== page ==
Lots of social media discussion has focused on a part of a new North Carolina discrimination law has been focused on one part of the law which would bar people from using the bathroom for the gender they identify as, if their birth certificate said something different.
But the North Carolina law is so much worse. In fact, the law does so much more that its not even accurate to call it a “bathroom law”–as much as the wing nuts would like you to keep doing so. Here’s what you need to know:
1 -The law is much like one GOP Sen. (then Rep.) Kris Hansen introduced in the 2011 Montana legislature – it bans local governments from making discrimination illegal in their communities. After it passed the house by party line vote, Hansen’s own party helped kill it in the senate by sending it back to a committee that would ensuring it would never see the light of day again. Cowgirl readers will remember this bill, because convicted fraudster Harris Himes came to testify in support of Hansen’s bill, saying he believed that the bible demands that all gay people should be put to death.
2-The North Carolina bill also strips workers of their right to sue if they are fired because of their race, gender, or religion. As Mother Jones reports,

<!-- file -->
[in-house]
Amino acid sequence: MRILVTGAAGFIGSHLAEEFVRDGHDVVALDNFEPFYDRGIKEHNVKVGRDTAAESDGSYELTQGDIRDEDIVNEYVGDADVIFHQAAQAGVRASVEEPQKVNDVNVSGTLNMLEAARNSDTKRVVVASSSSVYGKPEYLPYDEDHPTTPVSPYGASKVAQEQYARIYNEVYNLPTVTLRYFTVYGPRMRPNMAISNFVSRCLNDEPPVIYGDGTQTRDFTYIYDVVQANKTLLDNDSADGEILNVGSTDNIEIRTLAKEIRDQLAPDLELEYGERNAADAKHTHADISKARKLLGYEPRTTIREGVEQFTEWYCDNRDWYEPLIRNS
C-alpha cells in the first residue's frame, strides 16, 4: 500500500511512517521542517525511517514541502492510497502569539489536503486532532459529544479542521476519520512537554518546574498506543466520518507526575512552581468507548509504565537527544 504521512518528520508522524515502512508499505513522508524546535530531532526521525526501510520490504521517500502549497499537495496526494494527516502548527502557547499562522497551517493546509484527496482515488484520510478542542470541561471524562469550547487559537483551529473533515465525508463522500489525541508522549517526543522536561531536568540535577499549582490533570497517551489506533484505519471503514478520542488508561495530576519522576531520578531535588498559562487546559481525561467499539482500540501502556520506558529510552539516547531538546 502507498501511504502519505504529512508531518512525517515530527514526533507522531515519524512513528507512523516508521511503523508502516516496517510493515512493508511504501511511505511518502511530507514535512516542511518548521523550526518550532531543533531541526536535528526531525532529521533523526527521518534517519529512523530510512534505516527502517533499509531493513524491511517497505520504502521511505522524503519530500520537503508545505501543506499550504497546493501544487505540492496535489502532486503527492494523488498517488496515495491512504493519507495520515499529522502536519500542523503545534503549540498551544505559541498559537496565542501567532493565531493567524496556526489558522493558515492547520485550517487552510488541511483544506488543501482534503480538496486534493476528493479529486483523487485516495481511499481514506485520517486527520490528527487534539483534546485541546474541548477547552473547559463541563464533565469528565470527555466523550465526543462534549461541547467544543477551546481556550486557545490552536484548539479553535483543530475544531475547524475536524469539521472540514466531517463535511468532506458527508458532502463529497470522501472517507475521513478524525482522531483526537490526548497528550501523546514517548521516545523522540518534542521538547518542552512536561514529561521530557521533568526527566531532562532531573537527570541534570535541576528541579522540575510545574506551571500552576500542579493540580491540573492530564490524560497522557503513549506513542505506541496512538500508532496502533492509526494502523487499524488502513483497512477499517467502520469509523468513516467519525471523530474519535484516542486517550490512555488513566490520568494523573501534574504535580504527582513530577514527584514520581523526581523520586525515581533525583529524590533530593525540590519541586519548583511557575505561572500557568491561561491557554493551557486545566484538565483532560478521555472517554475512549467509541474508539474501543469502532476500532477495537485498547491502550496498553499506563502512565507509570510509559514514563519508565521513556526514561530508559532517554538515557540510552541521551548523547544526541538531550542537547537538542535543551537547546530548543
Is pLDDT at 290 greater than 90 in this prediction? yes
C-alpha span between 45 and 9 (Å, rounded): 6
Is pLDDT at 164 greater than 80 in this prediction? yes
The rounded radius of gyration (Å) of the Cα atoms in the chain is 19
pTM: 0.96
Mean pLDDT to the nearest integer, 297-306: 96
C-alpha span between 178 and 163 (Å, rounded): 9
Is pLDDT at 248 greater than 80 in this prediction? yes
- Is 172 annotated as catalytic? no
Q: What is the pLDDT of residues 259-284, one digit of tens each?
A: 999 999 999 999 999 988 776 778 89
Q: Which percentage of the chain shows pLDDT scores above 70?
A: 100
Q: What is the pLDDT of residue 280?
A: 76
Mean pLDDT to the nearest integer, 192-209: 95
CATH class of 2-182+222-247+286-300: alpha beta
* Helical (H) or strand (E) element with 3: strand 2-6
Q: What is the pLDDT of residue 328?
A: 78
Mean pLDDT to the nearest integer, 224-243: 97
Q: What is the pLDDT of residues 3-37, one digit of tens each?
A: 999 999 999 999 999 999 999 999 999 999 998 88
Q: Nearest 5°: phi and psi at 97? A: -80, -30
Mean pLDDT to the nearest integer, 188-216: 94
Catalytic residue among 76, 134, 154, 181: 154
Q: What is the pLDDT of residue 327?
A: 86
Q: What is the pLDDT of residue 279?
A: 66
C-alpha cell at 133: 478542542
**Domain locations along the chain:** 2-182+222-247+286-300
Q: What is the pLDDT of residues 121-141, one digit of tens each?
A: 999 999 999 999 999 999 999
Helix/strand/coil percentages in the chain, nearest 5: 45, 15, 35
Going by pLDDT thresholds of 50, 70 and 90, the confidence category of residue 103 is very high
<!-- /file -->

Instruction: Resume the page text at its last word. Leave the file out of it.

The language does not repeal North Carolina’s job-bias law, which continues to ban discrimination on the basis of race, sex, age, religion, or disability. But it forces workers seeking redress for discrimination into the federal system, where access is more difficult, the rules are much more complicated, and businesses often have significant advantages. Time, in particular, is on employers’ side: Under federal law, fired workers have just 180 days to file a claim, versus three years in state court. In the past, workers who missed the federal deadline — not uncommon for someone in emotional and economic crisis — could sue under state law instead, said Raleigh attorney Eric Doggett. Now, he predicted, many will discover they’re “hosed.”
3 – The North Carolina bill also bans local minimum wage ordinances like the one recently passed in Seattle for a $15 minimum wage.